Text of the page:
The mass marketing of foods derived from organisms modified through recombinant DNA technology has put extreme pressure on the interpretation and implementation of the United States' basic food safety law, the venerable Food, Drug & Cosmetic Act. In its classic form, the FD&CA reflects its Progressive and New Deal roots. It vests enormous trust in a specialized agency, the Food and Drug Administration, which is presumed to have nonpareil expertise over food safety. The political reality of GM foods, however, has placed the FD&CA and its implementation by the FDA in severe tension with the Organic Foods Production Act and with commercial speech doctrine.
Fear about food is one of the most deeply seated forms of behavioral protection against the natural world. It is precisely here, where food comes into contact with notions of good and evil, that the classic regulatory state must take its stand. The FDA's regulation of foods using rDNA technology upholds the best of the Progressive regulatory tradition and deserves to survive the challenge posed by the OFPA, the revived commercial speech doctrine, and contemporary consumer distrust of governmentally supervised review of science and safety.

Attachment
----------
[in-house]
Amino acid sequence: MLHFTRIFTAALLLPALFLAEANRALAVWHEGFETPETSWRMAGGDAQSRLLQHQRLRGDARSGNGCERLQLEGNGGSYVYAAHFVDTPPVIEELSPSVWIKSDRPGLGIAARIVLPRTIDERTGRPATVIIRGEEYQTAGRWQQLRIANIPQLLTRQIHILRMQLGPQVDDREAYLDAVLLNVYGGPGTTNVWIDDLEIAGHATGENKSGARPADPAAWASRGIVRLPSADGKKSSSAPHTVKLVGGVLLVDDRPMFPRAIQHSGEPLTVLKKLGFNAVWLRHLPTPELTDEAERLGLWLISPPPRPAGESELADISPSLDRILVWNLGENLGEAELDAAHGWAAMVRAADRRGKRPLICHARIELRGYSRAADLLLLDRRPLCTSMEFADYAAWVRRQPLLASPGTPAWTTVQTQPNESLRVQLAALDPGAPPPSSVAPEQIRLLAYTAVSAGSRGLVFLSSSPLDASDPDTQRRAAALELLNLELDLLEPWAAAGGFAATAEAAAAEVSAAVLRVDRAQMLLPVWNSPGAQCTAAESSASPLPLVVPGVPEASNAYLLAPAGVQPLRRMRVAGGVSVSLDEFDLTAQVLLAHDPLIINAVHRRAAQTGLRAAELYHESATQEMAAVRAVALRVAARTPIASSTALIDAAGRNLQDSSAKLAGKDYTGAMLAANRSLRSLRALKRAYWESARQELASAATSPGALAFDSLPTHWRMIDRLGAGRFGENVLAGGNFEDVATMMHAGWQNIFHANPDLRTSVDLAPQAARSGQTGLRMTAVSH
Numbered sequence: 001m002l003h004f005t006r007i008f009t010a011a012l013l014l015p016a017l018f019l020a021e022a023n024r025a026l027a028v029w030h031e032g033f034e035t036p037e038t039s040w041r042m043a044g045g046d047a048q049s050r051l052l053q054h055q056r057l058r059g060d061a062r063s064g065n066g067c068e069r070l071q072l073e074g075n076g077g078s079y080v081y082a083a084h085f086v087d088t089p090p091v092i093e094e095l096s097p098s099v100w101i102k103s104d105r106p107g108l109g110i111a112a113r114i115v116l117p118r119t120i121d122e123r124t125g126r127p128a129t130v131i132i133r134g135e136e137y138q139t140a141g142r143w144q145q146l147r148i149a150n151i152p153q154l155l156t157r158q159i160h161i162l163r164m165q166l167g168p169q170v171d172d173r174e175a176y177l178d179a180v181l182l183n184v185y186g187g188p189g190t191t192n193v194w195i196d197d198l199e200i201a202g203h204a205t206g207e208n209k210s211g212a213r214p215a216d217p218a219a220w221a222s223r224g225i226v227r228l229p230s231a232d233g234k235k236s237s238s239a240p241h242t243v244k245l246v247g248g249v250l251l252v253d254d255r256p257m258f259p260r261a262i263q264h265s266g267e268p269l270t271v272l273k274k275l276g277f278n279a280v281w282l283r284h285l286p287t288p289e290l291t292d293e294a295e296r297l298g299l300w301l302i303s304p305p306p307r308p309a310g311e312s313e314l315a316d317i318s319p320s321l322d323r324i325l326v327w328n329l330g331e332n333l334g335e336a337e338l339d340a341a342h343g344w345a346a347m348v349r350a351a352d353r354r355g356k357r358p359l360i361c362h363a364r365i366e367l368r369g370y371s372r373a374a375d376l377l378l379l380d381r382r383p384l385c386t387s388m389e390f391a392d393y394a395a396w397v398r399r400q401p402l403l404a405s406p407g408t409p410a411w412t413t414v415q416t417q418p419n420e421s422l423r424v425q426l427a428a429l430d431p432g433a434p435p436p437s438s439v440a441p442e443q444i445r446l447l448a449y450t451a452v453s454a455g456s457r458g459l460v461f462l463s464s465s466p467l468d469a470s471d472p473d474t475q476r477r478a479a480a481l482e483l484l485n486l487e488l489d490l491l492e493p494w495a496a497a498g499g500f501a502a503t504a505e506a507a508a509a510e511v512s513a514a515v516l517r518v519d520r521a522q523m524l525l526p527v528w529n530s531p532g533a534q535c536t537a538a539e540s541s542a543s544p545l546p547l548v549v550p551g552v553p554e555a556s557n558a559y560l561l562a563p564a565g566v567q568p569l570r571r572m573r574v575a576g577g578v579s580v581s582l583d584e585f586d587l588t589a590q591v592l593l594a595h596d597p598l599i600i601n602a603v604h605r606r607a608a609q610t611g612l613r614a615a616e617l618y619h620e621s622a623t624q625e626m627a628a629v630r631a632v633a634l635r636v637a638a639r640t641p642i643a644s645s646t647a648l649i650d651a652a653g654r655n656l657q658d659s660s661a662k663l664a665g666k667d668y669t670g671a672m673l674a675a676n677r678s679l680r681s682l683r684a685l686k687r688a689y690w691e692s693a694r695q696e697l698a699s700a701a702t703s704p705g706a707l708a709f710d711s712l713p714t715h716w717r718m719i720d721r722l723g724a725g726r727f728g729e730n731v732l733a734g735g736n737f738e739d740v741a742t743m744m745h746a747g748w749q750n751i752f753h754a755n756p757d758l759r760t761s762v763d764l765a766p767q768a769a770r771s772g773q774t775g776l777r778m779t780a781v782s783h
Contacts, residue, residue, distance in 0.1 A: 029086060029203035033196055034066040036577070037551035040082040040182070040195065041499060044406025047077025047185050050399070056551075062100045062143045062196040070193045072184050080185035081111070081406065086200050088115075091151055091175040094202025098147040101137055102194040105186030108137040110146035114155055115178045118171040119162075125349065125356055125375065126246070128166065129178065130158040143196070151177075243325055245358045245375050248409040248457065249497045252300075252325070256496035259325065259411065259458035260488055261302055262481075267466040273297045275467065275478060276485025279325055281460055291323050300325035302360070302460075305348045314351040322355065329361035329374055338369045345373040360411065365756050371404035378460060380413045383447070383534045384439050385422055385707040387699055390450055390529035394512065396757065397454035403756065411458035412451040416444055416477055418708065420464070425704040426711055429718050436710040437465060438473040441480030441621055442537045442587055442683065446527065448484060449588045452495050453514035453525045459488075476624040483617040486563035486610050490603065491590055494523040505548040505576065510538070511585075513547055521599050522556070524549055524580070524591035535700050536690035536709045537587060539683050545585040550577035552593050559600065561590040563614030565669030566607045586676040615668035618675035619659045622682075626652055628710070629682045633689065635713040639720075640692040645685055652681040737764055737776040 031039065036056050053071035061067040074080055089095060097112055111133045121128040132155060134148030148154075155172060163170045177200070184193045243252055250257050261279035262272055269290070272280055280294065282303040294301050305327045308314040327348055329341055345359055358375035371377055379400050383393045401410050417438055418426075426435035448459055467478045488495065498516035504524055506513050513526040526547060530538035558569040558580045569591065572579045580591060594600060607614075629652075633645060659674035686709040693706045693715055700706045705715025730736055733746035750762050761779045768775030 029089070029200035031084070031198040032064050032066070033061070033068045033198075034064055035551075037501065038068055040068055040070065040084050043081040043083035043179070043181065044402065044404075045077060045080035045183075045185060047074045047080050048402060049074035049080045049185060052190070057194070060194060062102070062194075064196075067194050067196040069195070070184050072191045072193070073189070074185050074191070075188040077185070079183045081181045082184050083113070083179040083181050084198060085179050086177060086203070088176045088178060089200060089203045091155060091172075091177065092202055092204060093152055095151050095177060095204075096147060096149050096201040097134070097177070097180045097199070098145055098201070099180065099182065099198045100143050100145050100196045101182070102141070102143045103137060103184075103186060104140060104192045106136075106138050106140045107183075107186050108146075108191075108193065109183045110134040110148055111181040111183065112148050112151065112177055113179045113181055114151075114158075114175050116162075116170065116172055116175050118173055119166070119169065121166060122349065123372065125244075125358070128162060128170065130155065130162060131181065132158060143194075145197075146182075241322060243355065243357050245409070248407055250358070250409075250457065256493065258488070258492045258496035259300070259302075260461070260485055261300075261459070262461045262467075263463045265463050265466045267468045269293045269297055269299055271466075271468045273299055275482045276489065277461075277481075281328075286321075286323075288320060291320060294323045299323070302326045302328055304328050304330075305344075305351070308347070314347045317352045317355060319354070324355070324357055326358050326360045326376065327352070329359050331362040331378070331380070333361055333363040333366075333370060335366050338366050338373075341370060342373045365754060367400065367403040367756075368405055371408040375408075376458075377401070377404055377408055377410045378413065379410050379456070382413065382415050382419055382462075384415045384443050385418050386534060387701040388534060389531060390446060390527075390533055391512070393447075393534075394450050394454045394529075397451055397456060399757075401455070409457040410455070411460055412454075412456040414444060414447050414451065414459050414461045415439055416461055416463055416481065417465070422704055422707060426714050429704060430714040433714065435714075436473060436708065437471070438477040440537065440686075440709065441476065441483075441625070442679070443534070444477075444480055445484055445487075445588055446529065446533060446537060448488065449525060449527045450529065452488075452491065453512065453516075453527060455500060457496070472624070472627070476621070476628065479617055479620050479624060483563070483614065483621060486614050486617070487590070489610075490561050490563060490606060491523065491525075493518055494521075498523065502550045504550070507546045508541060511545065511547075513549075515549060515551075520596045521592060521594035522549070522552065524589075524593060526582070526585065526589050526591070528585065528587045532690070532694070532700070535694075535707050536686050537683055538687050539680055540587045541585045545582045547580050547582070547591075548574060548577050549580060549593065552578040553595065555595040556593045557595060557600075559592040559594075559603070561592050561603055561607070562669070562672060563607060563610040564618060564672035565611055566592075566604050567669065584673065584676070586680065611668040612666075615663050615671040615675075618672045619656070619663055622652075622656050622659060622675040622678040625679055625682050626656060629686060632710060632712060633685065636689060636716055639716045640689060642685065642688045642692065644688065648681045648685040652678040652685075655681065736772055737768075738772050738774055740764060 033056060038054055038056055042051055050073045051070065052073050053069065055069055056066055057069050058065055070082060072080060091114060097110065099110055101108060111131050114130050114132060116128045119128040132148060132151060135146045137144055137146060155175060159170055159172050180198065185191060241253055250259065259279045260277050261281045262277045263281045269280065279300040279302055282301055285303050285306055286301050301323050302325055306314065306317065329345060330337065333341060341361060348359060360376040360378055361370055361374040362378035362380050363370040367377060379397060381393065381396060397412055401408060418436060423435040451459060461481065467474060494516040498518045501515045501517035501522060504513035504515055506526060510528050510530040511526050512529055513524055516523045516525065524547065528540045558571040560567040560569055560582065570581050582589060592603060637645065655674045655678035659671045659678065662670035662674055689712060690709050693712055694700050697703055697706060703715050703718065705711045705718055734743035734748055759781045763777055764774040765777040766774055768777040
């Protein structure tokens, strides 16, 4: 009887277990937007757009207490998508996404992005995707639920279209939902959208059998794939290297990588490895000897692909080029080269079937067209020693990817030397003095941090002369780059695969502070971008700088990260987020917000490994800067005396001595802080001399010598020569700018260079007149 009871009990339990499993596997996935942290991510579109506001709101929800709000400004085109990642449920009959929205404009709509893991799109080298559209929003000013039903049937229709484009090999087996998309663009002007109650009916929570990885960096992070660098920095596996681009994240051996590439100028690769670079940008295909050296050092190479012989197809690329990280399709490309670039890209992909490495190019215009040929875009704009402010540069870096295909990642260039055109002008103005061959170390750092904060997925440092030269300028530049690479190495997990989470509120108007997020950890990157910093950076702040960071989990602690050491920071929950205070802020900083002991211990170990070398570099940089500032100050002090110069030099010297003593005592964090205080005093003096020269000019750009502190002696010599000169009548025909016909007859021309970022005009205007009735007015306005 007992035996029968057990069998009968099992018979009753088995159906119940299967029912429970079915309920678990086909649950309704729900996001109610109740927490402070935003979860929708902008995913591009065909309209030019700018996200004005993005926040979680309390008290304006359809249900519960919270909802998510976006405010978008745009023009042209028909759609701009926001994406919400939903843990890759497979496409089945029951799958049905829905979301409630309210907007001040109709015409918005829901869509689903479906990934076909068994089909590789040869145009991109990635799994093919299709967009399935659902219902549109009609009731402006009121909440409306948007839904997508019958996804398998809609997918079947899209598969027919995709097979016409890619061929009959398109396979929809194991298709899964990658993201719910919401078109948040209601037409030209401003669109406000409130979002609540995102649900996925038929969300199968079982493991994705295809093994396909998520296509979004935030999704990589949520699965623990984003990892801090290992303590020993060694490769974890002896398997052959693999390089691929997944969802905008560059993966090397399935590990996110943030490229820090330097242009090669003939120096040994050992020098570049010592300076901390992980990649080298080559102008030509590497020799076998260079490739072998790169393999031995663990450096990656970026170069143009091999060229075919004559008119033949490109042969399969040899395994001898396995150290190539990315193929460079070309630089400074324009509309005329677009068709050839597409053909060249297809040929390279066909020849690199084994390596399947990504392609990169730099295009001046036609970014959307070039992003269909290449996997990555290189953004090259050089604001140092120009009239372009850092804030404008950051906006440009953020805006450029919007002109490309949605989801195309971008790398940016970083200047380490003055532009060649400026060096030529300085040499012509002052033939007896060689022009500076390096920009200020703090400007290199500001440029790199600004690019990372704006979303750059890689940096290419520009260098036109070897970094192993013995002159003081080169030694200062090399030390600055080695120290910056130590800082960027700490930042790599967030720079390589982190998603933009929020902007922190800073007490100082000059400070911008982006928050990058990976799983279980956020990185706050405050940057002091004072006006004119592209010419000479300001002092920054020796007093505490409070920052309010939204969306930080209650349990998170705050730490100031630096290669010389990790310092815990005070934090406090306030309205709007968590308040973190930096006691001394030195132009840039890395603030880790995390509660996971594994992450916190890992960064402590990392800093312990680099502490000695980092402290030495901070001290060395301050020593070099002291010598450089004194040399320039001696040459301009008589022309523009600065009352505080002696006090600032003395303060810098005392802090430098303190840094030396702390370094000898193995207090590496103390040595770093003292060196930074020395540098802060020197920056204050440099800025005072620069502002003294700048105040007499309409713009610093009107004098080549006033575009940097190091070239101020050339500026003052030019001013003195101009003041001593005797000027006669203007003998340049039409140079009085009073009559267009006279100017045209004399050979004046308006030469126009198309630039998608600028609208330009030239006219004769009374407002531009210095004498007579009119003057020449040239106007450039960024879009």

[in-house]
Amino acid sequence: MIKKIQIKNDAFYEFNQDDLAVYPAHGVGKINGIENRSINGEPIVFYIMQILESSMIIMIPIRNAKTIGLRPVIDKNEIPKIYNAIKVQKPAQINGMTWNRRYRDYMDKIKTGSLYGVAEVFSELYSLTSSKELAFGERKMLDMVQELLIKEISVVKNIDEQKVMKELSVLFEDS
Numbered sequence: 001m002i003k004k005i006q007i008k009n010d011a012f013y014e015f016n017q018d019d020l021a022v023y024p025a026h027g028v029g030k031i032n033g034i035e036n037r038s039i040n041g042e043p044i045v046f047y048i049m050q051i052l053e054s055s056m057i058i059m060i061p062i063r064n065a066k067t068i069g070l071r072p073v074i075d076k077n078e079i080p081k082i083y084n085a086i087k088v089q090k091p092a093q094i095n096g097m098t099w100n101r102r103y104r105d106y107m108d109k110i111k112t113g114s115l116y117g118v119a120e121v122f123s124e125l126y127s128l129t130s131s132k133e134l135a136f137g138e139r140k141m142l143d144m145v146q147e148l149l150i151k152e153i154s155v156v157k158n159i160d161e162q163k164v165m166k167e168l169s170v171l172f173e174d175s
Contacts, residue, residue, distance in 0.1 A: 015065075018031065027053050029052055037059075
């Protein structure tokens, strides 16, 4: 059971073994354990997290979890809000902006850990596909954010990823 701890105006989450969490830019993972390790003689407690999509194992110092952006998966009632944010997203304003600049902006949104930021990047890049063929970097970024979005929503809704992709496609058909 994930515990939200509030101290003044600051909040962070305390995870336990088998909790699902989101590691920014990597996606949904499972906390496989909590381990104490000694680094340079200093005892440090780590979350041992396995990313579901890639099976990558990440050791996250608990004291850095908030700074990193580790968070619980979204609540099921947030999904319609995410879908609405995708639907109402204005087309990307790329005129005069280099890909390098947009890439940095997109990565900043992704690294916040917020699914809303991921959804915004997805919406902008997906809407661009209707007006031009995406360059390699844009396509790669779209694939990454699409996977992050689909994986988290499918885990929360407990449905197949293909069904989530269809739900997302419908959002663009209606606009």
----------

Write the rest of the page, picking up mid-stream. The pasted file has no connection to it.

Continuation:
Beyond Food and Evil has had an active academic life since February. I presented this paper at the University of Arkansas on November 1, 2007, as part of my official visit at Arkansas. In addition, Professor Donna Byrne has discussed Beyond Food and Evil on her Food Law Prof Blog.